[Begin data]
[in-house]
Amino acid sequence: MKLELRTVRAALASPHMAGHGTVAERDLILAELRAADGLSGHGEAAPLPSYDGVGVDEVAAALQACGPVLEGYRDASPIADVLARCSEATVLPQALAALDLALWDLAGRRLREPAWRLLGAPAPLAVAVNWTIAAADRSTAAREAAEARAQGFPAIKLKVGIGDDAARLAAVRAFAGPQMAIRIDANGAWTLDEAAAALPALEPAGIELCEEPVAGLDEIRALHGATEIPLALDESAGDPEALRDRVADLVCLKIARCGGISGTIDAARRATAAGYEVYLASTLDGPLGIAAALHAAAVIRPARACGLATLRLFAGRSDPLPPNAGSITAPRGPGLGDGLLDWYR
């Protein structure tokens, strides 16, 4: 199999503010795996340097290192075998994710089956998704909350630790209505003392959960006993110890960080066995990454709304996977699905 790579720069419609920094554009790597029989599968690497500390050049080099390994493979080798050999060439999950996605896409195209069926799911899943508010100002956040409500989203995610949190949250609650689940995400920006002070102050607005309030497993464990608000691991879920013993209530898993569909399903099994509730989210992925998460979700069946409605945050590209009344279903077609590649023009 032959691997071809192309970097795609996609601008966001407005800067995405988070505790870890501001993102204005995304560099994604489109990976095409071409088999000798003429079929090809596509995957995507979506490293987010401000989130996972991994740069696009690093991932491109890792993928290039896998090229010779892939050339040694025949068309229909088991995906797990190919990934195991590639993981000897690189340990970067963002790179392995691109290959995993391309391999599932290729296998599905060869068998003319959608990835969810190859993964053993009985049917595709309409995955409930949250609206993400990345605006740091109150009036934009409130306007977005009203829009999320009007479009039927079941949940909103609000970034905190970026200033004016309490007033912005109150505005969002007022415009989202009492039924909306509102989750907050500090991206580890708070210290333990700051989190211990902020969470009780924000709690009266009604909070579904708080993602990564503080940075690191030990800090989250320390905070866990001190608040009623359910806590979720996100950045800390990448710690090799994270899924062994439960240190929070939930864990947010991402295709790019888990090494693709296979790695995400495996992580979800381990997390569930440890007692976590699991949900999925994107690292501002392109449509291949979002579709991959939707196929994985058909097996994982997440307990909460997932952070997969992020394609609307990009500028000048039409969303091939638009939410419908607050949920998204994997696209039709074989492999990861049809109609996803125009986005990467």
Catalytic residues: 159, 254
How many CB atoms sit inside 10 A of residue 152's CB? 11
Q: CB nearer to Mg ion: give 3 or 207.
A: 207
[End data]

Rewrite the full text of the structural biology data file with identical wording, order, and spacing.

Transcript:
[in-house]
Amino acid sequence: MKLELRTVRAALASPHMAGHGTVAERDLILAELRAADGLSGHGEAAPLPSYDGVGVDEVAAALQACGPVLEGYRDASPIADVLARCSEATVLPQALAALDLALWDLAGRRLREPAWRLLGAPAPLAVAVNWTIAAADRSTAAREAAEARAQGFPAIKLKVGIGDDAARLAAVRAFAGPQMAIRIDANGAWTLDEAAAALPALEPAGIELCEEPVAGLDEIRALHGATEIPLALDESAGDPEALRDRVADLVCLKIARCGGISGTIDAARRATAAGYEVYLASTLDGPLGIAAALHAAAVIRPARACGLATLRLFAGRSDPLPPNAGSITAPRGPGLGDGLLDWYR
């Protein structure tokens, strides 16, 4: 199999503010795996340097290192075998994710089956998704909350630790209505003392959960006993110890960080066995990454709304996977699905 790579720069419609920094554009790597029989599968690497500390050049080099390994493979080798050999060439999950996605896409195209069926799911899943508010100002956040409500989203995610949190949250609650689940995400920006002070102050607005309030497993464990608000691991879920013993209530898993569909399903099994509730989210992925998460979700069946409605945050590209009344279903077609590649023009 032959691997071809192309970097795609996609601008966001407005800067995405988070505790870890501001993102204005995304560099994604489109990976095409071409088999000798003429079929090809596509995957995507979506490293987010401000989130996972991994740069696009690093991932491109890792993928290039896998090229010779892939050339040694025949068309229909088991995906797990190919990934195991590639993981000897690189340990970067963002790179392995691109290959995993391309391999599932290729296998599905060869068998003319959608990835969810190859993964053993009985049917595709309409995955409930949250609206993400990345605006740091109150009036934009409130306007977005009203829009999320009007479009039927079941949940909103609000970034905190970026200033004016309490007033912005109150505005969002007022415009989202009492039924909306509102989750907050500090991206580890708070210290333990700051989190211990902020969470009780924000709690009266009604909070579904708080993602990564503080940075690191030990800090989250320390905070866990001190608040009623359910806590979720996100950045800390990448710690090799994270899924062994439960240190929070939930864990947010991402295709790019888990090494693709296979790695995400495996992580979800381990997390569930440890007692976590699991949900999925994107690292501002392109449509291949979002579709991959939707196929994985058909097996994982997440307990909460997932952070997969992020394609609307990009500028000048039409969303091939638009939410419908607050949920998204994997696209039709074989492999990861049809109609996803125009986005990467």
Catalytic residues: 159, 254
How many CB atoms sit inside 10 A of residue 152's CB? 11
Q: CB nearer to Mg ion: give 3 or 207.
A: 207